Was Elon Musk right to order employees back to the office?

One CEO says it's absolutely the right decision... for Tesla

Was Elon Musk right to order employees back to the office?

People all over the globe have reacted to a leaked email sent from Elon Musk to more than 70,000 Tesla employees – the contents of which included an order from the tech billionaire to return to the office for a minimum of 40 hours a week.

Ben Thompson, CEO of Employment Hero contends that it’s ‘absolutely the appropriate decision for Tesla’ but told HRD that Musk's demands highlight the difficulties of juggling hybrid work in a predominantly onsite, 24/7 factory-based business that iterates the design and manufacturing of a physical product.

Thompson, whose company Employment Hero has opted for a fully remote workforce, said the important thing is “what's right for Tesla, is not right for everyone".

Read more: Tesla ordered to pay $137M to ex-worker over hostile environment

Thompson believes that each business needs to carefully consider the nuances of remote work and how it applies to their business before planning what their workforce will look like moving forward. 

“Each business has a very different set of conditions that you need to consider in relation to the appropriateness of remote work,” said Thompson, “and he [Elon Musk] has considered the conditions in Tesla and decided that it’s appropriate for everybody to be onsite.

The Tesla factory manufacturers vehicles at an incredible rate and Tesla’s people can make alterations to the design of a vehicle in real time which means it has to flow through all the way to management to sign off on. So, people in that environment need to be on the floor, observing what's happening in a real time basis.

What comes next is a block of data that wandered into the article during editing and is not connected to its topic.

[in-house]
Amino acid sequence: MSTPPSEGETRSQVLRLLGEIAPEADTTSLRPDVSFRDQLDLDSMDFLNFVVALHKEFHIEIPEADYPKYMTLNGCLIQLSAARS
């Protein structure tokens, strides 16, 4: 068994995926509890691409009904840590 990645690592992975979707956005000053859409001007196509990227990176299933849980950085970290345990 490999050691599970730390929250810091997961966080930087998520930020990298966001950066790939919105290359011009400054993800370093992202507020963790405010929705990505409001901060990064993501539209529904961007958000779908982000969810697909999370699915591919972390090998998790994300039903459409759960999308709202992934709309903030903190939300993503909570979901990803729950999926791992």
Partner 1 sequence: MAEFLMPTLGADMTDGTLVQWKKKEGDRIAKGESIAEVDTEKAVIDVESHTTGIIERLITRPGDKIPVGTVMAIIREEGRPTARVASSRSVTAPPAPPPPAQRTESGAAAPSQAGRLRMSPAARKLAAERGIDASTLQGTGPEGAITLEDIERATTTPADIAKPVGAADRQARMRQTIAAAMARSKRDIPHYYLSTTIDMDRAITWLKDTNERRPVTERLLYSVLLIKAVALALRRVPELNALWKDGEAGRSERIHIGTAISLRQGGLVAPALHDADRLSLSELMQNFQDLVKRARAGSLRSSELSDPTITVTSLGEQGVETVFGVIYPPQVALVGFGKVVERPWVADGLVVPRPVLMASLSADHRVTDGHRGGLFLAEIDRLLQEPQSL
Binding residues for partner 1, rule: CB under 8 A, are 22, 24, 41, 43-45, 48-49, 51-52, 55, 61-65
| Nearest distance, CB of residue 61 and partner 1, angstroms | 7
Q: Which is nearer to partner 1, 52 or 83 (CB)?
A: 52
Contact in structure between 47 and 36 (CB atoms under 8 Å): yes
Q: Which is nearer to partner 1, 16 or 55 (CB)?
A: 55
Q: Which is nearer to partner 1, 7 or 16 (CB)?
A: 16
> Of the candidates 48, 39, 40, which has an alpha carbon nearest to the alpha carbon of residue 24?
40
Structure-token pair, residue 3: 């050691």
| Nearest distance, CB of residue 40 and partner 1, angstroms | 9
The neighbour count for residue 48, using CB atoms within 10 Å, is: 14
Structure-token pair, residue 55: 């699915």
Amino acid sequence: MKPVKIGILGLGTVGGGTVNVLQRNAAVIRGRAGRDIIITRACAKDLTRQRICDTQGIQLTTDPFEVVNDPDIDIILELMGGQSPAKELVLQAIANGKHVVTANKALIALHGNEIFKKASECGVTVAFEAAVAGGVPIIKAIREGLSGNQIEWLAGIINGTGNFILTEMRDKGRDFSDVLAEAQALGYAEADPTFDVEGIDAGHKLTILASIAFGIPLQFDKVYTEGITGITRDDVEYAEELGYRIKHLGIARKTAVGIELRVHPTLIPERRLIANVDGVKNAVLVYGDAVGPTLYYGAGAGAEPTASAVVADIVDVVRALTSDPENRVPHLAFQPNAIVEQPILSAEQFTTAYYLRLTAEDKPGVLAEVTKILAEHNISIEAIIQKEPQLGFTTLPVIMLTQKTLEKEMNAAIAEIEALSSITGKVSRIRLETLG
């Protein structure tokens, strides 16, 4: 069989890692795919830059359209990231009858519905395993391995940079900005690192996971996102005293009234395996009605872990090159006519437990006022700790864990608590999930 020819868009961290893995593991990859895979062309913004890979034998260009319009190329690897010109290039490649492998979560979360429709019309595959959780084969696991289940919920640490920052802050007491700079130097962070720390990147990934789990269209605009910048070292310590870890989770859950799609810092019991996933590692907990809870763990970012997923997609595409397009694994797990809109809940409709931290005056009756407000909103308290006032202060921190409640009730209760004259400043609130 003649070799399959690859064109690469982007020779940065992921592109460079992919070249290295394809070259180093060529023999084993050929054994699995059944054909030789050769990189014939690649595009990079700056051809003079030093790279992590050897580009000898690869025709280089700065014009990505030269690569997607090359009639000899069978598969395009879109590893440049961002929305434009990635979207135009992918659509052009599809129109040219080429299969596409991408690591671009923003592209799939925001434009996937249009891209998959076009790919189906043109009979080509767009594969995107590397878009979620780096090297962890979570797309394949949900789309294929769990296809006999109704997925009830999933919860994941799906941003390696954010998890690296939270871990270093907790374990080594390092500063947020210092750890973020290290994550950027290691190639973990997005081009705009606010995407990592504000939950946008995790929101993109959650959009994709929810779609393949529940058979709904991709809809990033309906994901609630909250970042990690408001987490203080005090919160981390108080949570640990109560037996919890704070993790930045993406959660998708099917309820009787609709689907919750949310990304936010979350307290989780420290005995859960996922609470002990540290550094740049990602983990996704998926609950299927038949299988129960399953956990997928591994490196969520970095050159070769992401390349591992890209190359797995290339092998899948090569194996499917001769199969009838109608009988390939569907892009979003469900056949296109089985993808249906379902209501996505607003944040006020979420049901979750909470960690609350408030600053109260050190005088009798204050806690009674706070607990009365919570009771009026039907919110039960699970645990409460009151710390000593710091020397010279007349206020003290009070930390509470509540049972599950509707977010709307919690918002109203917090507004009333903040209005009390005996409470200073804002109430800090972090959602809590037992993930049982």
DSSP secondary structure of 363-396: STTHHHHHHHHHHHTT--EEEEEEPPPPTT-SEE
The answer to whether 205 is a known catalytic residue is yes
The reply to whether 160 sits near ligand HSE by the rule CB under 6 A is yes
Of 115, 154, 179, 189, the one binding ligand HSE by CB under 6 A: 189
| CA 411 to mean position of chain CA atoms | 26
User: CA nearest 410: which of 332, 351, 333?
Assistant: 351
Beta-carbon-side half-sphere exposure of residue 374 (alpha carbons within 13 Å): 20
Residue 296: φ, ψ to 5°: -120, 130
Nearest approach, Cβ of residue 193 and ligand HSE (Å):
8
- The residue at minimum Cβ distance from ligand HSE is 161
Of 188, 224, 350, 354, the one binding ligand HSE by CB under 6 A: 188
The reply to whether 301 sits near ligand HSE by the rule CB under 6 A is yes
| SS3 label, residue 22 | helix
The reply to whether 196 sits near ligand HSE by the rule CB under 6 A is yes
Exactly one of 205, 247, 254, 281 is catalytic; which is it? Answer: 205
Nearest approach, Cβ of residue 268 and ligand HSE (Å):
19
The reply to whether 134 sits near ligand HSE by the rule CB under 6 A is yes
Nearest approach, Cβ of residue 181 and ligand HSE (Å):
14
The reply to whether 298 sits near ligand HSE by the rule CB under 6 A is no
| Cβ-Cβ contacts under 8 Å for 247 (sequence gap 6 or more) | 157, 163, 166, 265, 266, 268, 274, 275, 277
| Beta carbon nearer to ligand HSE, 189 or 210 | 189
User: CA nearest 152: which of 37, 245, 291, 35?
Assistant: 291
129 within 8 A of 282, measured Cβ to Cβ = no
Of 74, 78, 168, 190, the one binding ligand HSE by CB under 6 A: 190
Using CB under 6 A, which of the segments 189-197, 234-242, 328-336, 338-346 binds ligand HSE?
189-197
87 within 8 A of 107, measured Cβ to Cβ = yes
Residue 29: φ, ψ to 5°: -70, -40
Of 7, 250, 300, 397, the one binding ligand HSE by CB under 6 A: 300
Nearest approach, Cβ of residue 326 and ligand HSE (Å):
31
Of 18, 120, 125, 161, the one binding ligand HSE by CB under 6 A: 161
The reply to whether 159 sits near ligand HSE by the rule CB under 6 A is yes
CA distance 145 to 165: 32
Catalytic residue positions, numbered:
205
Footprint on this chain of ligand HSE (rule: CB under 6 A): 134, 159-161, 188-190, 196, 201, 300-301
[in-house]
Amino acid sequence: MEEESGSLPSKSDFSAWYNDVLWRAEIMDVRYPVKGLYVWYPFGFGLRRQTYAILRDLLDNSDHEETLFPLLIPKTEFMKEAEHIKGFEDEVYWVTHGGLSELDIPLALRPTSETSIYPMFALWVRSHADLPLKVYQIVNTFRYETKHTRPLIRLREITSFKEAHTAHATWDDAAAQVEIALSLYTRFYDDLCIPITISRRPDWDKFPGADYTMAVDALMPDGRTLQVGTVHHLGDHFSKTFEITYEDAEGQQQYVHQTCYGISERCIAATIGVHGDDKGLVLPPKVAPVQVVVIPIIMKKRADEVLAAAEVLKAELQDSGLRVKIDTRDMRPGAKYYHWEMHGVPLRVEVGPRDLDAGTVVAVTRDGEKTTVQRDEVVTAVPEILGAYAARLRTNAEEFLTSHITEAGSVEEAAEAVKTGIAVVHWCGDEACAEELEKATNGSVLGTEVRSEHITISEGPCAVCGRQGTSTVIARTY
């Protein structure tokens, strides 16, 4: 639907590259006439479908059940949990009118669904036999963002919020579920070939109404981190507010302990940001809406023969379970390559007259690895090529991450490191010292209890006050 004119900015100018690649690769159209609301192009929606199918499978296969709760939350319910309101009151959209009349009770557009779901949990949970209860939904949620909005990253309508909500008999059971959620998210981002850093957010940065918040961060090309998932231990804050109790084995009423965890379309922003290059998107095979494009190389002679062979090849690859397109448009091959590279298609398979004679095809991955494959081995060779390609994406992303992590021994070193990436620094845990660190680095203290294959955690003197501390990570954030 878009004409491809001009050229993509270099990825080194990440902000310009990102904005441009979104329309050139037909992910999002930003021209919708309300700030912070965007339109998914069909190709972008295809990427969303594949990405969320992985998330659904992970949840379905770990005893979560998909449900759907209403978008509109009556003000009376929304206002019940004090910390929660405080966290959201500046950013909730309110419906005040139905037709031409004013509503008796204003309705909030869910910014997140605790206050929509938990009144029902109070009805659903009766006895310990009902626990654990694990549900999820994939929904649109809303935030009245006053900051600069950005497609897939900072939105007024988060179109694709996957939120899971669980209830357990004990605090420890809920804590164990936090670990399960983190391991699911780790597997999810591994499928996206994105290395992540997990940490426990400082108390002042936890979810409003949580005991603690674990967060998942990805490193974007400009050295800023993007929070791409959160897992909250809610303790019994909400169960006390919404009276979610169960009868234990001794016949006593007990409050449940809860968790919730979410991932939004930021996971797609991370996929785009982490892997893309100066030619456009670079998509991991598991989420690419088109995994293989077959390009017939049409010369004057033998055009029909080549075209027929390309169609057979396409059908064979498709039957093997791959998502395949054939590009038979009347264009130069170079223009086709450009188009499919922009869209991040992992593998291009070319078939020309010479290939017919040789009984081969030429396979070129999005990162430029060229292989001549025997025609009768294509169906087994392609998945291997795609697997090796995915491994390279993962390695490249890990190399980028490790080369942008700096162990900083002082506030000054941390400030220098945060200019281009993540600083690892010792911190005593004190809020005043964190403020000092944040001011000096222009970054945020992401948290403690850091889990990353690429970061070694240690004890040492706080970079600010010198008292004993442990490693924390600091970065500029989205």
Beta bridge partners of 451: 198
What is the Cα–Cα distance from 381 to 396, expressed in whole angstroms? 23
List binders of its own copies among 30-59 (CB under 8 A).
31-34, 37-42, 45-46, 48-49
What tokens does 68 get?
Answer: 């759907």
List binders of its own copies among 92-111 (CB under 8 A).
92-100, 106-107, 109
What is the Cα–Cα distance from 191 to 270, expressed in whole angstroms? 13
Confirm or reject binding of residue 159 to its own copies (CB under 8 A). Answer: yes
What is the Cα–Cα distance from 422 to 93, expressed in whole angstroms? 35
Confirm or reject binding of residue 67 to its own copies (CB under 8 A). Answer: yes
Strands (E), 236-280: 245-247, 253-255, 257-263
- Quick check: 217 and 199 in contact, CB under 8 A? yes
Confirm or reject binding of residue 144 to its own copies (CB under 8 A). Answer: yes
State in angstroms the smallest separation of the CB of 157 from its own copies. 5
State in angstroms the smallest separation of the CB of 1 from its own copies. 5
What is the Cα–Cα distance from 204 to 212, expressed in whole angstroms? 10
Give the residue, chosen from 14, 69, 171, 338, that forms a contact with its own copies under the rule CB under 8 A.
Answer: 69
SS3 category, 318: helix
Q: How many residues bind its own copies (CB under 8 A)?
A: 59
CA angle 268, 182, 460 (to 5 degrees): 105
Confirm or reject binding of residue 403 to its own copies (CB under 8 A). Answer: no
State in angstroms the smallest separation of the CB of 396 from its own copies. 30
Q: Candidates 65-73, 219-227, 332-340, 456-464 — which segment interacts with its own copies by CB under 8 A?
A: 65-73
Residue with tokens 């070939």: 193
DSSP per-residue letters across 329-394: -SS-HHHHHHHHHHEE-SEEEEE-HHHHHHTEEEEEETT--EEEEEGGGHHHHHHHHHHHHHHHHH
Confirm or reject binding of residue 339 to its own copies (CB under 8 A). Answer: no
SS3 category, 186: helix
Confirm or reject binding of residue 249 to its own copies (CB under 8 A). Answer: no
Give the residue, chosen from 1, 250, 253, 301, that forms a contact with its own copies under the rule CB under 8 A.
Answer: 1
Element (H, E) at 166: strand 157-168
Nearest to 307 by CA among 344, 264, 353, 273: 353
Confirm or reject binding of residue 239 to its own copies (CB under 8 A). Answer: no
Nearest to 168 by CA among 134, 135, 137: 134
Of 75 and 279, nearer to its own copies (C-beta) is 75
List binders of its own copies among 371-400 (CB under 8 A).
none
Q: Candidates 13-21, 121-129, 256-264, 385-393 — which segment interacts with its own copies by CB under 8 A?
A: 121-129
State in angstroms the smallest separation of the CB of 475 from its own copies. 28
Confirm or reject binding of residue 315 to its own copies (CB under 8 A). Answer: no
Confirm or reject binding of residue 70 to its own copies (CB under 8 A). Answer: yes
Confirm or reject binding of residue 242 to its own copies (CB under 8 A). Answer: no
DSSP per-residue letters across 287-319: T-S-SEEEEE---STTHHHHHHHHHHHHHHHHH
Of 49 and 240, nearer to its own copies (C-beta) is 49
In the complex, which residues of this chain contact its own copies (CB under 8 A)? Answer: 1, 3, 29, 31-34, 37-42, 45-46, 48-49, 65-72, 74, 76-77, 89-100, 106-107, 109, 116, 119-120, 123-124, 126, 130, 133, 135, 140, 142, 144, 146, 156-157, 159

“95% or more of the employees at Tesla are factory workers and they work 24/7,” Thompson told HRD.

Thompson said one thing leaders should be weary of is executives who have become accustomed to management by walking around and observing people’s work. They’ve earned their corner office, their carpark and all the other privileges that come with being an executive, and they are keen to get back to that way of working.

“Those people may use Elon Musk’s tweet and his decision that it was appropriate for Tesla to make an inappropriate decision for their own circumstances based on their own personal preferences rather than what is best for the business and for the employees,” warned Thompson.

Read more: Tesla’s head of HR resigns

When Elon Musk’s email was leaked, Australian rich-lister and CEO of Atlassian, Scott Farquhar tweeted that the news from Elon Musk & Tesla feels like something out of the 1950s, prompting a Twitter dialogue between the two.

“I don’t think Elon Musk is an old school leader. He’s known for breaking the rules and doing things in new and better ways,” said Thompson conceding that Musk’s response to Farquhar – ‘This series of Tweets is a reminder of why a recession is a great cleansing for the economy’ – was a little bit narrow-minded.

“Again, putting all businesses in the same category, rather than recognising that some businesses should and can be entirely remote, some businesses should and can be hybrid, and some businesses should and can be onsite and each business needs to find the right balance for them and their employees.”

“We’re [Employment Hero] providing a whole suite of tools to facilitate remote work, but that doesn’t mean that there aren’t certain businesses, where having everybody on the floor at the same time is a good decision,” said Thompson.

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